An artiste like no other

NICE NOSTALGIA Yamini Krishnamurthy  

Yamini Krishnamurthy was recently awarded the Amaravati Lifetime Achievement Award by Dr. A. Chakrapani on the last day of the two-day festival of Amaravati Nrityotsav 2016. This doyen of three dance forms, Bharatanatyam, Kuchipudi and Odissi, practically breathes and lives dance. Born on the full-moon night on January 20, 1940 at Madanapally in Chittoor, her grandfather lovingly named her Yamini Poornatilaka , which meant a full mark on the forehead of the night. In an interaction, she talked about her dance, life and how she learnt the three forms.


When did you start learning dance?

I must have been three and a half when I started learning. Growing up in Chidambaram, I used to visit the temple morning and evening. The Karanas sculpted on the walls of the temples made a deep impact on my mind. I was always in wonderment of various postures of Nataraja. To me movement is dance and dance is movement. I was crazy about dance.

Realising my intense desire to be a dancer, my father sacrificed his career and supported my dream. My parents spent a fortune on my dance. My father and uncle sold three properties to bring gurus to Madras and teach me.

Bharatanatyam was the first form I learnt. I learnt the grammar of Bharatanatyam under Rukmini Devi Arundale. But my father thought that to be a real performer, I had to be under a Nattuvanar, because it was the Nattuvanar who is born into the traditional dance families and had real command over Bharatanatyam. So I learnt Bharatanatyam from Elappa Pillai. I have learnt Navasandhi, the style of dance the devadasis did in front of the god, from Kittappa Pillai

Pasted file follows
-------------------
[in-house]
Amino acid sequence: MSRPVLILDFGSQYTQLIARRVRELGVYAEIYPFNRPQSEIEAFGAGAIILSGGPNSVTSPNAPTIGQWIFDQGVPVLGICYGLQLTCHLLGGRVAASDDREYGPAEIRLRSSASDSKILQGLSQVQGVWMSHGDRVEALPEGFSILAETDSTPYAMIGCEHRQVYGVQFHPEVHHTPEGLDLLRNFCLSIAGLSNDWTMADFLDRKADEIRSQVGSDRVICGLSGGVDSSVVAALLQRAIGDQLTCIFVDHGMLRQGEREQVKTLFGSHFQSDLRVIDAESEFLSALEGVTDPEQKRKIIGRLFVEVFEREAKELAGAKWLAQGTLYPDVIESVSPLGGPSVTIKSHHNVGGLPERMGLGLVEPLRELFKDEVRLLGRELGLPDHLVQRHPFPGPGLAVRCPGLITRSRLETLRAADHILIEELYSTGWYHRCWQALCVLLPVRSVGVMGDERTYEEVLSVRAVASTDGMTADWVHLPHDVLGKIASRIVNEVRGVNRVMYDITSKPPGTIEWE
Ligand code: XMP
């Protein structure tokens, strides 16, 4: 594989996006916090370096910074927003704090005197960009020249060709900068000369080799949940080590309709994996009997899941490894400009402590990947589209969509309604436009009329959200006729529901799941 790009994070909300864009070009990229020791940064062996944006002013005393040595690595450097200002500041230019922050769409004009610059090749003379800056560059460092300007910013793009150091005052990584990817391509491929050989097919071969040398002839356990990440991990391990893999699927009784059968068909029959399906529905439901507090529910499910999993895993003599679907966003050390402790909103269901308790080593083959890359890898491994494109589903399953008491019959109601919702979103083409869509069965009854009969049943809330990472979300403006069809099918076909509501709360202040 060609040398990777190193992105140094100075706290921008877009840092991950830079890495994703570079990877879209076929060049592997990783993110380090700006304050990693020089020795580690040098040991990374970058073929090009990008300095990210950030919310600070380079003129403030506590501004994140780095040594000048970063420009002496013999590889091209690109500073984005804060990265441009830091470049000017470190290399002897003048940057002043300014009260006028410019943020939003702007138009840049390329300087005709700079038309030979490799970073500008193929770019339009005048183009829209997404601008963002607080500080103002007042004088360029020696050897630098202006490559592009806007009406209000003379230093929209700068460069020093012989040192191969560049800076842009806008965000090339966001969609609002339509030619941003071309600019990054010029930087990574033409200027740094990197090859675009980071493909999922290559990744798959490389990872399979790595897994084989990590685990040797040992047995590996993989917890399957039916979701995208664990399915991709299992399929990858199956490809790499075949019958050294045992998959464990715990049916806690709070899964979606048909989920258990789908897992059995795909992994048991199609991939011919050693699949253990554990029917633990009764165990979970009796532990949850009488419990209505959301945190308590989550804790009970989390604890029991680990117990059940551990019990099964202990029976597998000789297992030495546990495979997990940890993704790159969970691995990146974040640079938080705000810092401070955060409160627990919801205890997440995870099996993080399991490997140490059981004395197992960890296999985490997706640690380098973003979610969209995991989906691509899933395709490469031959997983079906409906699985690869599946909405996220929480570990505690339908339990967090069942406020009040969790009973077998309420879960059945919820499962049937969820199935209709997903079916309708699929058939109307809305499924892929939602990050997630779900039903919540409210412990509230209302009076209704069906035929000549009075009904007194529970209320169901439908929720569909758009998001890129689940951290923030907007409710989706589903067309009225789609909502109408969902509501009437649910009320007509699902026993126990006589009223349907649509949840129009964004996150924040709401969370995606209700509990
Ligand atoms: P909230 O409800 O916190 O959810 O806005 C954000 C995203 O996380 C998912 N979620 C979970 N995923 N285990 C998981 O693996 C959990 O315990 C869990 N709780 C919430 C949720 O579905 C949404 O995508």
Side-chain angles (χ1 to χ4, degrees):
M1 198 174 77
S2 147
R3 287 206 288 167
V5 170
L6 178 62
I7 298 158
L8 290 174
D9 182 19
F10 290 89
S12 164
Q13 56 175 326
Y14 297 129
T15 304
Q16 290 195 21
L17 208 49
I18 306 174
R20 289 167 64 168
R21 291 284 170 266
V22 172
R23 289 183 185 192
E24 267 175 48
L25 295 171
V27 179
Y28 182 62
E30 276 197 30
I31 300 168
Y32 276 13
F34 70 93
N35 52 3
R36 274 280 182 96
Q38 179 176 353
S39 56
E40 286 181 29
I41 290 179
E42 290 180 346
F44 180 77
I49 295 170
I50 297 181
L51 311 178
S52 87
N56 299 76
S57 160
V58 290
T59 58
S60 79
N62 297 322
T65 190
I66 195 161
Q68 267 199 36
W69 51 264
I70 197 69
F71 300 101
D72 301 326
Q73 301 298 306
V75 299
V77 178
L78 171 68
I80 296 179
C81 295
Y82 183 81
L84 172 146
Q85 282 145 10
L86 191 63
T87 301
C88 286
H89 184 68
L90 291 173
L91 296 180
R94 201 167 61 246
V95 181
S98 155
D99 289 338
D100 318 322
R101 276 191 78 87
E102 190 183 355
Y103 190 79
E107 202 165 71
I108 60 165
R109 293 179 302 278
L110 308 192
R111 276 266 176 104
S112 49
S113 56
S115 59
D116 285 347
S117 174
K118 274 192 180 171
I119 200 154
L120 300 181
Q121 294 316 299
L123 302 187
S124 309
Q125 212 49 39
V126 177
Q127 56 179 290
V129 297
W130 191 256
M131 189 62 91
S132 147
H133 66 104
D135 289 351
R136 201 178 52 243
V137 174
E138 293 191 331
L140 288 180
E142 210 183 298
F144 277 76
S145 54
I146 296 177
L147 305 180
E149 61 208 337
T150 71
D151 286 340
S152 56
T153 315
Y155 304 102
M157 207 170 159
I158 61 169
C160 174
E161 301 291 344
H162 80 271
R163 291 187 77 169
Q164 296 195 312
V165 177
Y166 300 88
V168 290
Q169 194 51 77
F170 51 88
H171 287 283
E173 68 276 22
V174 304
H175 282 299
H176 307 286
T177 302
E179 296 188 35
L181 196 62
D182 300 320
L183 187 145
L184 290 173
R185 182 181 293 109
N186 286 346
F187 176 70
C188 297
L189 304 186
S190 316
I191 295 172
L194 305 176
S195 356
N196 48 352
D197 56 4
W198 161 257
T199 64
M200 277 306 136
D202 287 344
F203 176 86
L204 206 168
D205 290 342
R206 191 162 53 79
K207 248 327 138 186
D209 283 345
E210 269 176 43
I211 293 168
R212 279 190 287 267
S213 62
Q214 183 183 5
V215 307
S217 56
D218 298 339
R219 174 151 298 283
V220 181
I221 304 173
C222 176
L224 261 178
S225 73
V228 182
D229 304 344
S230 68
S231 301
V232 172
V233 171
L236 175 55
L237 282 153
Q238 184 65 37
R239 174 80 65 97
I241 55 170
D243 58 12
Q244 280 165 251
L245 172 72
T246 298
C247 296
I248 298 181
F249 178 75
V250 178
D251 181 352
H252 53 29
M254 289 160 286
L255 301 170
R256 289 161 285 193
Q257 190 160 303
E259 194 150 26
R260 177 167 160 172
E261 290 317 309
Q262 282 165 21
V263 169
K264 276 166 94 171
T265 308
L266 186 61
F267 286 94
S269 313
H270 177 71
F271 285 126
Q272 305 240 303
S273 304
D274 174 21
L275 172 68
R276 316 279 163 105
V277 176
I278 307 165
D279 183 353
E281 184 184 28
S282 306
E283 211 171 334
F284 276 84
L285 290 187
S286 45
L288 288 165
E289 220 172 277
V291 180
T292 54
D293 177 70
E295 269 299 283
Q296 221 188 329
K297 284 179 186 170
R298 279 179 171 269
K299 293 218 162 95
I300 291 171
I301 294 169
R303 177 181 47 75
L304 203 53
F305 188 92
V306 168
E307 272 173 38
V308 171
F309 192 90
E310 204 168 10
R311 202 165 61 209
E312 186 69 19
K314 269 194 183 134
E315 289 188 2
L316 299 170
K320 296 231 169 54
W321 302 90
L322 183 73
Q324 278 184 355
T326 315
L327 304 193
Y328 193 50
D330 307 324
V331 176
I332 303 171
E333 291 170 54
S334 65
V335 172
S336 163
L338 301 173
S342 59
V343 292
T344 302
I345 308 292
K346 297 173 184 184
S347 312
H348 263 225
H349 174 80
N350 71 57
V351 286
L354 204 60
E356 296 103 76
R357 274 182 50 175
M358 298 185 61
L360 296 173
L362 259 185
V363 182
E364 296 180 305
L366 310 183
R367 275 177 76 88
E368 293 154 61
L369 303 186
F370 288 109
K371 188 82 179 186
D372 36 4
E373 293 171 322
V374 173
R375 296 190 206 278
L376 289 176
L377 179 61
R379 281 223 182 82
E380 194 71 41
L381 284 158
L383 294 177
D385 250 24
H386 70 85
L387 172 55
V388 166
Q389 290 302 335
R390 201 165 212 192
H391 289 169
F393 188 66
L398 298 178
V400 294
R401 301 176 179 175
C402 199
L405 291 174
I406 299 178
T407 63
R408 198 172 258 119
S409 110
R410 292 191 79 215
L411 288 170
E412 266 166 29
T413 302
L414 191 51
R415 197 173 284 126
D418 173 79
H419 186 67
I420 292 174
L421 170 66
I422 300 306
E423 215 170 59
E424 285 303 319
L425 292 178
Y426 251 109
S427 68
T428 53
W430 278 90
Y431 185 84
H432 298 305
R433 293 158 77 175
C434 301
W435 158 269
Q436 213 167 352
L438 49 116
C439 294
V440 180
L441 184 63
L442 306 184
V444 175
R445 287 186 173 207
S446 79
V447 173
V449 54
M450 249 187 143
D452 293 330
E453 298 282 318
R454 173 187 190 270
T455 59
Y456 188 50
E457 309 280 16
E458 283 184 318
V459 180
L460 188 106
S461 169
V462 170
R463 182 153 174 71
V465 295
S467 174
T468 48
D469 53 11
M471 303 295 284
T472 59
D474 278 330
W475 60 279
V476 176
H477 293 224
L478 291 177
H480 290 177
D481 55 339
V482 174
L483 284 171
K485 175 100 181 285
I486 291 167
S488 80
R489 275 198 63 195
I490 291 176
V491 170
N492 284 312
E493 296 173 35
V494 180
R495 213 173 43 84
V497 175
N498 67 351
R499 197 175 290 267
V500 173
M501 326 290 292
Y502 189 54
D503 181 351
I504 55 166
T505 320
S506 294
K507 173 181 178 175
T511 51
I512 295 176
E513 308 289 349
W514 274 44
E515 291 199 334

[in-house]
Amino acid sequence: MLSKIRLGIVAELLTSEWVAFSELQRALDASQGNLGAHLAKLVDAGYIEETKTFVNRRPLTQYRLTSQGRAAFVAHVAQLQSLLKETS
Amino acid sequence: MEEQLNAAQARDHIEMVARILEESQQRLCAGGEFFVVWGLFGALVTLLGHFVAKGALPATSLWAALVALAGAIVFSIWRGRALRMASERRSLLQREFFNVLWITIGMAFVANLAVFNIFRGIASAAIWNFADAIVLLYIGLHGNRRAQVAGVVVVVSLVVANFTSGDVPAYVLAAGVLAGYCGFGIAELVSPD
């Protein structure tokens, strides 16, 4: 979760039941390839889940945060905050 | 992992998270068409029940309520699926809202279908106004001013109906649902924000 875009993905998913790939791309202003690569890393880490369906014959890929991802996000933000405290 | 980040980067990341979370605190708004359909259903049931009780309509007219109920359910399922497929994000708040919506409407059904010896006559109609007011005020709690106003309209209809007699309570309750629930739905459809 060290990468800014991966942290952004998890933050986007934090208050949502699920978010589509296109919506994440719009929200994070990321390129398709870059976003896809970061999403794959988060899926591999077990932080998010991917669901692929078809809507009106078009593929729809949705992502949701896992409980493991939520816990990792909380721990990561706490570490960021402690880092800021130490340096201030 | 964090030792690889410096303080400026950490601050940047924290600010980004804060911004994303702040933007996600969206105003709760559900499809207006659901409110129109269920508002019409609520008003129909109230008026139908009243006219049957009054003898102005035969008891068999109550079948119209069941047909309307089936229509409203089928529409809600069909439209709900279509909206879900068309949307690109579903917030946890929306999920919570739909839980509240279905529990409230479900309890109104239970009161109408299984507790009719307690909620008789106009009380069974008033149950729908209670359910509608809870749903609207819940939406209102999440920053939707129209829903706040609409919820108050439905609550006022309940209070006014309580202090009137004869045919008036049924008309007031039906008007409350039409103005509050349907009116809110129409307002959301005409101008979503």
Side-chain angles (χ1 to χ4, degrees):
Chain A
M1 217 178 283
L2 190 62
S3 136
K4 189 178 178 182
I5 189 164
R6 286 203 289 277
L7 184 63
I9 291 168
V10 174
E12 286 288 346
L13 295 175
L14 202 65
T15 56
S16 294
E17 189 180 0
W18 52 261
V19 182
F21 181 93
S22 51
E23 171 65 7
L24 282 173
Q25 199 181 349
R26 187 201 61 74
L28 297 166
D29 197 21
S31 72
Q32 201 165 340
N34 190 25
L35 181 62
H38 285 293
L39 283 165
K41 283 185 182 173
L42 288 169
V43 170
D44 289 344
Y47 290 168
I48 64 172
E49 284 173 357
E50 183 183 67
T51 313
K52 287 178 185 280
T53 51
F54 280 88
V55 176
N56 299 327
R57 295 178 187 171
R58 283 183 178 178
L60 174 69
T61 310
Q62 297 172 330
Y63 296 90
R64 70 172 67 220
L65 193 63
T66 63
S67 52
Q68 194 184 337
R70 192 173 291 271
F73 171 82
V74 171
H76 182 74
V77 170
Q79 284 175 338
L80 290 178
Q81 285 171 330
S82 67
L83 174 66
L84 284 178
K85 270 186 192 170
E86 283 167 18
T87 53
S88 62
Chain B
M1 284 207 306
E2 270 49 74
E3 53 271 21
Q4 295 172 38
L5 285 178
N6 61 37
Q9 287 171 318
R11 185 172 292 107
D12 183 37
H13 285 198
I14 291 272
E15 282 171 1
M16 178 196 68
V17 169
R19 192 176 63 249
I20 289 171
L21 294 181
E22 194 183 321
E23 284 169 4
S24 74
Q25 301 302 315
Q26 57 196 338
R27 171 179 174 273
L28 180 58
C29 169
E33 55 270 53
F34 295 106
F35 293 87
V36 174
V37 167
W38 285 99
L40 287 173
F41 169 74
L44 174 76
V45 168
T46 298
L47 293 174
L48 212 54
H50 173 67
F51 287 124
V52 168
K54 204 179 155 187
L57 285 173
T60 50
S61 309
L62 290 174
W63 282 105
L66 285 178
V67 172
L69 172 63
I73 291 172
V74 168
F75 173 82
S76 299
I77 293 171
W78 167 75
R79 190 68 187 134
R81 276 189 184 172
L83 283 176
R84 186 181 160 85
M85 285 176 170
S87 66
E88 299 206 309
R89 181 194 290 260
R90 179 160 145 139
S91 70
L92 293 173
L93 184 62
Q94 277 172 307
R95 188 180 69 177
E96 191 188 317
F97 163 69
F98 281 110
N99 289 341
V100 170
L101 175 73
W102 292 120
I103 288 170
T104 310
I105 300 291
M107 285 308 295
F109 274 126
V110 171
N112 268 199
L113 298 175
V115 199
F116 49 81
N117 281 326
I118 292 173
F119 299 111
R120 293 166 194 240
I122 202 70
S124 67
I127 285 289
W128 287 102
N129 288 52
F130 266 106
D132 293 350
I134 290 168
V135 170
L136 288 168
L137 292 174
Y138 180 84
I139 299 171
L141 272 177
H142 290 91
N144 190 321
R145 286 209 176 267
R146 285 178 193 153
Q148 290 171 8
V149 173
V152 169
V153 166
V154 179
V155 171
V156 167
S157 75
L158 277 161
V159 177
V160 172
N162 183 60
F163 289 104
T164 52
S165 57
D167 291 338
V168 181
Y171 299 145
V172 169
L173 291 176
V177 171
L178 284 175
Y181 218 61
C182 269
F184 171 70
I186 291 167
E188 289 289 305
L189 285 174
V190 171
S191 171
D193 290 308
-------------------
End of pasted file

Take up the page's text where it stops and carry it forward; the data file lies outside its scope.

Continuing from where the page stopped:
How did you learn Kuchipudi?

During my days people had little or no knowledge about Kuchipudi. Some even regarded Kuchipudi as a folk form of dance. But my father knew better. He had once seen Vedantam Lakshmi Narayana Sastry’s performance and told me that Kuchipudi is a unique and beautiful dance form and that I should learn it. One day this great master of Kuchipudi dance landed in our house along with his disciples. He said, ‘I hear you are making a name for yourself for being a good dancer. Why don’t you learn Kuchipudi.’ He taught me Bhama Kalapam. I also learnt from Pasumarthi Venu Gopal Sharma and later from Chinta Krishnamurthy and Vedantam Satyanarayana Sharma.

What about Odissi?

I learnt Odissi from Pankaj Charan Das and Kelucharan Mohapatra. I used to practise all three styles together all through the day. It was a difficult task as most of the features of these three forms are different from each other. I had a full time job that did not leave me any time for any other pursuit.

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Printable version | Feb 26, 2021 2:28:04 AM |

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